In comparison to Spiderman 1+2, 3 was enormously disappointing. I wasn’t going in there for my world to be altered cinematically, but I was expecting what I got from the others: enjoyment, fun and a few laughs. Instead it felt like a haphazard mess, and I was undoubtedly disappointed. A shame, it could have capped off the trilogy and made it all rather enjoyable and fun.

    I did nearly cry with shame when he sodding well landed in front of a screen sized american flag. Subtle as a brick – made the audience laugh heartily though.

  13. Badger Madge Says:

    I’ve not seen it yet, but it doesn’t bode well that the two main actors couldn’t be arsed to plug it loads on Wossy…

  14. Dave Medlo Says:

    How about the UK box office / rental takings for The Love the Game? We all know how Americans love their rounders…

  15. Napoleon Cockaparte Says:

    Dave – not the point. You said you didn’t think a single person had seen it. I have and I use the US cinema box-office as an example of others that did too.

    Piqued – Balls! The first two Evil Dead movies were ‘fantastic’ were they? So fanatstic that the director remade the first film cutting out all but two of that film’s central characters … wow that’s so fantastic. I’ve seen better comedies, better horrors, better horror-comedies and certainly better actors than the mugging buffoon Bruce Campbell in countless other films. Fantastic, my arse.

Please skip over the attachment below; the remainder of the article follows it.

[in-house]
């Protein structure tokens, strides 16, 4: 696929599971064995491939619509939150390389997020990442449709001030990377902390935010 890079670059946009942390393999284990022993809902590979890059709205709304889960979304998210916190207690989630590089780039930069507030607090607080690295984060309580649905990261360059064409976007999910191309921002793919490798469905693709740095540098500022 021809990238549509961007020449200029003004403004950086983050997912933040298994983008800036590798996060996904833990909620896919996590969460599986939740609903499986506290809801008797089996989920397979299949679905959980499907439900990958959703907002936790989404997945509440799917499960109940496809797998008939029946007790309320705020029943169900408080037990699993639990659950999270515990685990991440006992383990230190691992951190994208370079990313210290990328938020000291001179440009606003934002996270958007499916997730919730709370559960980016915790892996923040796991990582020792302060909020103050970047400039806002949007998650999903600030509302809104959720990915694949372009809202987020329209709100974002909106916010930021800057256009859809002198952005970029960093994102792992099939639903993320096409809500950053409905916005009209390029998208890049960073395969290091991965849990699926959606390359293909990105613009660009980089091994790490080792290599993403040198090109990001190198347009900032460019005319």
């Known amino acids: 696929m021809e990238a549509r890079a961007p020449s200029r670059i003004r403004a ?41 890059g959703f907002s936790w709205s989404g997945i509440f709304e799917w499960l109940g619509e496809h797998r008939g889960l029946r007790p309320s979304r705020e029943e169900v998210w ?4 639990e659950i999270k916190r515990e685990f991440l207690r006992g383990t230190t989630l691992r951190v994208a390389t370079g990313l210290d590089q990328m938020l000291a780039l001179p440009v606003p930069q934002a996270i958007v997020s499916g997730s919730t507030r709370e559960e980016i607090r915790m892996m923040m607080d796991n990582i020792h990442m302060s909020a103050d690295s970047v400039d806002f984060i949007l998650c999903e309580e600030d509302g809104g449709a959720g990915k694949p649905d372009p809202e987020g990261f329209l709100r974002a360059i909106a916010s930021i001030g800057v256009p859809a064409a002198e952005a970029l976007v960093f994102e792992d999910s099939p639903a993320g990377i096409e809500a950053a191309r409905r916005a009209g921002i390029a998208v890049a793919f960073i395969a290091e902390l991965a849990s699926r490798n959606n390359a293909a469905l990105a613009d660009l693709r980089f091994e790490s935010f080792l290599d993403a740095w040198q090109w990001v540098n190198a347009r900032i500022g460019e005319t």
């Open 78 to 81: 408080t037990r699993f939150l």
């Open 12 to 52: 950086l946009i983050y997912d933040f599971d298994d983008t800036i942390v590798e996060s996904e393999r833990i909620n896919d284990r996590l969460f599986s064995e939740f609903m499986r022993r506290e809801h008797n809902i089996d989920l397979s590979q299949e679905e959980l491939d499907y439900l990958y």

Maybe Darkman came out in London, I don’t know. For the rest of us (that’s around 90% of the population), it was an STV stinker.

    And there you go again with your age superiority argument. Ladies and Gentlemen, Piqued comes from a time when legends and tales were handed down by minstrels in ancient English villages – he is the keeper of the secret that is called ‘You Had To Be There’ (which is why none of us can make up our minds whether World War II was horrible or fun). We young pups have to rely on recordings of films and music to unlock the mysteries of the past and make up our minds about things from Ye Olden Days … sadly our conclusions are invalid because, well, you had to be there.

    And anyway, I WAS there, thought they were shit at the time, still think they’re shit now.

  16. Napoleon Cockaparte Says:

    FANATSTIC? WHY DID I WRITE FANATSTIC??